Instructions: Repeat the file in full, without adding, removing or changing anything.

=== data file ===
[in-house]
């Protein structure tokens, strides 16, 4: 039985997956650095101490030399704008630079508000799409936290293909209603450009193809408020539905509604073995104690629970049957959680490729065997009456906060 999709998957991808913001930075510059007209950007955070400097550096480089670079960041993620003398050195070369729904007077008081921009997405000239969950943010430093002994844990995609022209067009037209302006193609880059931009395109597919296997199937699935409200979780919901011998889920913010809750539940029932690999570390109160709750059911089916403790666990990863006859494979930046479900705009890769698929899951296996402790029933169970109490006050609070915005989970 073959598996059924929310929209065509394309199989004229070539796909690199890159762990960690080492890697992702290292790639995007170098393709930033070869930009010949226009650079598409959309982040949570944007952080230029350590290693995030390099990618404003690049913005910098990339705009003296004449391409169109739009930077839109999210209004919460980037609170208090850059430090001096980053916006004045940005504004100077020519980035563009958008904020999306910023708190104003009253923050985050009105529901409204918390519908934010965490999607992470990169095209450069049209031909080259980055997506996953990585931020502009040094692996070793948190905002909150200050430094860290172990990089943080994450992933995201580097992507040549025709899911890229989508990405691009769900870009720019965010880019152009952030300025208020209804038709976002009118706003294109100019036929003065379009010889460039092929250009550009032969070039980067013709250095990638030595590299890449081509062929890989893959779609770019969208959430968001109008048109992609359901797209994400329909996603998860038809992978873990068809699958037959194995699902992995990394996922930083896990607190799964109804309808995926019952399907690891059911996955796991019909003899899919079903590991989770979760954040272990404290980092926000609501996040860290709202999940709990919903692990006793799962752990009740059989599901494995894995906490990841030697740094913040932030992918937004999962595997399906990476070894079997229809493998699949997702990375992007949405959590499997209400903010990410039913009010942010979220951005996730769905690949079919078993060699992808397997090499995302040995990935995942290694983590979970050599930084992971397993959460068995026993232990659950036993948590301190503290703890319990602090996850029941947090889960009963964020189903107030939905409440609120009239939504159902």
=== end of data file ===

[in-house]
């Protein structure tokens, strides 16, 4: 039985997956650095101490030399704008630079508000799409936290293909209603450009193809408020539905509604073995104690629970049957959680490729065997009456906060 999709998957991808913001930075510059007209950007955070400097550096480089670079960041993620003398050195070369729904007077008081921009997405000239969950943010430093002994844990995609022209067009037209302006193609880059931009395109597919296997199937699935409200979780919901011998889920913010809750539940029932690999570390109160709750059911089916403790666990990863006859494979930046479900705009890769698929899951296996402790029933169970109490006050609070915005989970 073959598996059924929310929209065509394309199989004229070539796909690199890159762990960690080492890697992702290292790639995007170098393709930033070869930009010949226009650079598409959309982040949570944007952080230029350590290693995030390099990618404003690049913005910098990339705009003296004449391409169109739009930077839109999210209004919460980037609170208090850059430090001096980053916006004045940005504004100077020519980035563009958008904020999306910023708190104003009253923050985050009105529901409204918390519908934010965490999607992470990169095209450069049209031909080259980055997506996953990585931020502009040094692996070793948190905002909150200050430094860290172990990089943080994450992933995201580097992507040549025709899911890229989508990405691009769900870009720019965010880019152009952030300025208020209804038709976002009118706003294109100019036929003065379009010889460039092929250009550009032969070039980067013709250095990638030595590299890449081509062929890989893959779609770019969208959430968001109008048109992609359901797209994400329909996603998860038809992978873990068809699958037959194995699902992995990394996922930083896990607190799964109804309808995926019952399907690891059911996955796991019909003899899919079903590991989770979760954040272990404290980092926000609501996040860290709202999940709990919903692990006793799962752990009740059989599901494995894995906490990841030697740094913040932030992918937004999962595997399906990476070894079997229809493998699949997702990375992007949405959590499997209400903010990410039913009010942010979220951005996730769905690949079919078993060699992808397997090499995302040995990935995942290694983590979970050599930084992971397993959460068995026993232990659950036993948590301190503290703890319990602090996850029941947090889960009963964020189903107030939905409440609120009239939504159902």